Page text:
A Puerto Rican songwriter accused The Coca-Cola Co. of ripping off part of a famous song that had become a rallying cry for people on the island in the wake of two hurricanes last year, according to a suit in the territory's federal court Monday.

  • March 5, 2018

    Smucker's $285M Deal For Conagra's Wesson Draws FTC Fire

    The Federal Trade Commission sued Monday to keep J.M. Smucker Co. from forging ahead with its $285 million plan to buy the Wesson cooking oil line from Conagra Brands Inc., saying the combination would allow the company to hike prices.

  • March 5, 2018

    High Court Says US Can Pursue NM Water-Sharing Claims

    The U.S. Supreme Court on Monday said the federal government may pursue claims that New Mexico has violated a Rio Grande water-sharing deal by allowing its residents to siphon off more than their share of the water before it is delivered to Texas.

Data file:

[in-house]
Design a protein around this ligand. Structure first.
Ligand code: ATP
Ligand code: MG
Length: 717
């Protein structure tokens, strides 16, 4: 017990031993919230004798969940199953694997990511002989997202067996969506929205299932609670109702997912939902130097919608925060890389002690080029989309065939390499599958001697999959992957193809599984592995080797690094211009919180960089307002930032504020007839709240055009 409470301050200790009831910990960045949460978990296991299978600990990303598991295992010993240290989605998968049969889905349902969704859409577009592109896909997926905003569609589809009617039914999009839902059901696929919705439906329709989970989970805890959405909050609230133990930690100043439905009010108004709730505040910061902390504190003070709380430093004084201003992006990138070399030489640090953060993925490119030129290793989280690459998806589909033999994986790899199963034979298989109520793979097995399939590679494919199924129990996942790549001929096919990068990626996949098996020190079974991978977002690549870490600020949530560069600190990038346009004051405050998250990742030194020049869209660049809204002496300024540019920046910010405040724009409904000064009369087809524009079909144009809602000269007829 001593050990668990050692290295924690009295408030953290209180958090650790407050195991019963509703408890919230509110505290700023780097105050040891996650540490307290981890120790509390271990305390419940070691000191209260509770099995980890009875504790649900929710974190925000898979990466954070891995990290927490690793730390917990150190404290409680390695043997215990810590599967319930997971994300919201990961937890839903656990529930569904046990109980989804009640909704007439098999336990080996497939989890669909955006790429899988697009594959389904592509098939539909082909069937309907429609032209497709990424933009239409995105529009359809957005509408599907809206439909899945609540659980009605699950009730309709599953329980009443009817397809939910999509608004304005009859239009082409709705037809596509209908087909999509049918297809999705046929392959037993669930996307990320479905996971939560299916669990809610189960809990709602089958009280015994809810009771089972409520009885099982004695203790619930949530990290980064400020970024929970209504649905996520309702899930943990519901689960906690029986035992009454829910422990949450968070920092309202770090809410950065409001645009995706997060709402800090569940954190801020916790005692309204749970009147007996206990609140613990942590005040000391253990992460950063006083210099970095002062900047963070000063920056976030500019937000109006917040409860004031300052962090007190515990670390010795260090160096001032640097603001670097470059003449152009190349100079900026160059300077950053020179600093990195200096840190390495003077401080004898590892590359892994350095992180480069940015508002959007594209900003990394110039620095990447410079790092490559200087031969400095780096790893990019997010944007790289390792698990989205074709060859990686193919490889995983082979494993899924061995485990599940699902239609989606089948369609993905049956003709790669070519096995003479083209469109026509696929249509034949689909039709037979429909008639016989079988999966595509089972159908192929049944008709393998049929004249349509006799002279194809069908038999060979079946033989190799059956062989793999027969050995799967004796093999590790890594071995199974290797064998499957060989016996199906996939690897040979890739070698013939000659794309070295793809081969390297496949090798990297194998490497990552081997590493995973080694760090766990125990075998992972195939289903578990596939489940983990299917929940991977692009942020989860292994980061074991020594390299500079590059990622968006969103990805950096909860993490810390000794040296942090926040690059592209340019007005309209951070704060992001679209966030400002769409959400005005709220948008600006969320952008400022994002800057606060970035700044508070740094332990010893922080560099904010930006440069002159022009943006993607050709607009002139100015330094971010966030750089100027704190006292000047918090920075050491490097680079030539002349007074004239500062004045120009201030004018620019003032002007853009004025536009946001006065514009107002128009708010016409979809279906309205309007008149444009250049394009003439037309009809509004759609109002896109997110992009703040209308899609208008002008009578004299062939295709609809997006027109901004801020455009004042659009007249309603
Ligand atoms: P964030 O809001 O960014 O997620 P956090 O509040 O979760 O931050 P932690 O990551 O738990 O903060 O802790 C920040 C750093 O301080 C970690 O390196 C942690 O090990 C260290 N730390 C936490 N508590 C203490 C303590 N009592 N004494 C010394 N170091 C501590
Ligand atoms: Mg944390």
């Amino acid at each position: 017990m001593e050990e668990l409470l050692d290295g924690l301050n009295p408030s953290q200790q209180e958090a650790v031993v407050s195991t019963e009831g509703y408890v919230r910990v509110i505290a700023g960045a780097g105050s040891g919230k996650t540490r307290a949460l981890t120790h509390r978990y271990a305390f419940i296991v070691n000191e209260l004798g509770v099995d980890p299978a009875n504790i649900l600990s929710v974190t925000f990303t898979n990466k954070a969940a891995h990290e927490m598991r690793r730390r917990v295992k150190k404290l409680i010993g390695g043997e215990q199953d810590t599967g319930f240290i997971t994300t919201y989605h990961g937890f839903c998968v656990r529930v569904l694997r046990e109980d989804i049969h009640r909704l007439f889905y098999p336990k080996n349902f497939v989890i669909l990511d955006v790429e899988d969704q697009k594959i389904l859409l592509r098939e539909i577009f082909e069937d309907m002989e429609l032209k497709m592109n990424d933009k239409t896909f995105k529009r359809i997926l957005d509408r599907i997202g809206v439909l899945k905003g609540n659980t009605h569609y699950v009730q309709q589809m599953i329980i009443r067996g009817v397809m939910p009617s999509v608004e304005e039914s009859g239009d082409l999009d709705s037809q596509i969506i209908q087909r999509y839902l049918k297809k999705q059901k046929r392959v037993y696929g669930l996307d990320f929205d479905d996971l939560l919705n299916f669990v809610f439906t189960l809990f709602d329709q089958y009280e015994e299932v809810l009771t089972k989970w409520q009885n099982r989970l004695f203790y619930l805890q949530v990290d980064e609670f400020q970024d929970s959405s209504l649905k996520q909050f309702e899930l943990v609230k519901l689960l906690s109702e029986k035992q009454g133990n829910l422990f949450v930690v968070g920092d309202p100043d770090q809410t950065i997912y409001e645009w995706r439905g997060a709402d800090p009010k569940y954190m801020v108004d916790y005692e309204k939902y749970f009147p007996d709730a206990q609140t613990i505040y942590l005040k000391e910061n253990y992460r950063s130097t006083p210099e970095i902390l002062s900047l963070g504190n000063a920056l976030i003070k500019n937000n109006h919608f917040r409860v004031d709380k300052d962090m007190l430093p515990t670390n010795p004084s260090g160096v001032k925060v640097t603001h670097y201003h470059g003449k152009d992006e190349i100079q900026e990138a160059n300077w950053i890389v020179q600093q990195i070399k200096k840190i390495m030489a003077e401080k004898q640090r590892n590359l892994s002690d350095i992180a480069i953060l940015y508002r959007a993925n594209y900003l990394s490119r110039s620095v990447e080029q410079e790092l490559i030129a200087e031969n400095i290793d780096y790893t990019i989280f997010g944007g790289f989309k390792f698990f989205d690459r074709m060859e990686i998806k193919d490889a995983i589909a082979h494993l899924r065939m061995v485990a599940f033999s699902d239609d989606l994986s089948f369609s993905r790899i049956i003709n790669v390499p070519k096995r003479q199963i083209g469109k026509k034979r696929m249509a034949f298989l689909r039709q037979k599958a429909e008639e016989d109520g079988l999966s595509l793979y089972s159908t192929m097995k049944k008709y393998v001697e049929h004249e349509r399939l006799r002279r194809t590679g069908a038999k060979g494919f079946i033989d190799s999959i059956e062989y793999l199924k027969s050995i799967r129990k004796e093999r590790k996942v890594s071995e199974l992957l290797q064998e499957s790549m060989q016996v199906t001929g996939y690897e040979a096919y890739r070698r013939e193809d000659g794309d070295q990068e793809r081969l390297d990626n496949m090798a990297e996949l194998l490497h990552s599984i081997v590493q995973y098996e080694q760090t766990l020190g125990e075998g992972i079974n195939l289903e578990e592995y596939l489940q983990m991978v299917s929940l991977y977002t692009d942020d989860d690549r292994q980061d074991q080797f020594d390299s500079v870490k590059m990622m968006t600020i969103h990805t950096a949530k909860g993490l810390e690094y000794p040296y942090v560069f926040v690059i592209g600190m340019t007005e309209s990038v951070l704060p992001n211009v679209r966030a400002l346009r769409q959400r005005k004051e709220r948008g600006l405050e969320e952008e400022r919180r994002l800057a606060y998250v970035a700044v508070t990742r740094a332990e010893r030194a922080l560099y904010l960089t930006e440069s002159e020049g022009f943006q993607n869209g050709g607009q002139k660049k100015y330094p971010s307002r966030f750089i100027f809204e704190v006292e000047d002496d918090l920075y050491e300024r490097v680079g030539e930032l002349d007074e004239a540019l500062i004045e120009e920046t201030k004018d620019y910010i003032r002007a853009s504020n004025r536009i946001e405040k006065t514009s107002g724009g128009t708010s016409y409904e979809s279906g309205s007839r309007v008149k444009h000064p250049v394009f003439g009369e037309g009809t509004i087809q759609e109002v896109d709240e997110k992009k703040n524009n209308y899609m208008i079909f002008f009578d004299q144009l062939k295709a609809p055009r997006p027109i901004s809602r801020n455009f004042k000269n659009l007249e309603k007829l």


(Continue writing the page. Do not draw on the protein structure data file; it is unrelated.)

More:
• March 5, 2018

    2nd Circ. Cool On Nixing Banana Seller’s ERISA Fraud Rap

    A three-judge panel of the Second Circuit on Monday posed tough questions to a New York banana distributor who is appealing his conviction for robbing his company’s profit-sharing plan, with one judge noting that “darn few” cases are reversed on the basis of arguments like the ones he made.

  • March 5, 2018

    Kind Bar False Labeling Claims Curbed For USDA Guidance

    A New York federal judge on Friday put false labeling claims against Kind LLC in limbo while the government determines a national standard for genetically modified food disclosures, lumping consumers' state claims that it falsely advertised its products as non-GMO in a temporary hold with their "all natural" claims until August.

  • March 2, 2018

    Insurers Denied Quick Exit From Covering Dole Fraud Claims

    A Delaware judge has denied six excess insurers’ bid for a ruling that they don’t have to indemnify Dole Food Co. or two top officers for $222 million in settlements they struck to resolve stockholder suits accusing them of driving down Dole’s price before a 2013 take-private deal, finding that state law doesn’t prohibit insurance for such claims.

  • March 2, 2018

    Walmart Hit With 2nd Suit Claiming False Egg Labeling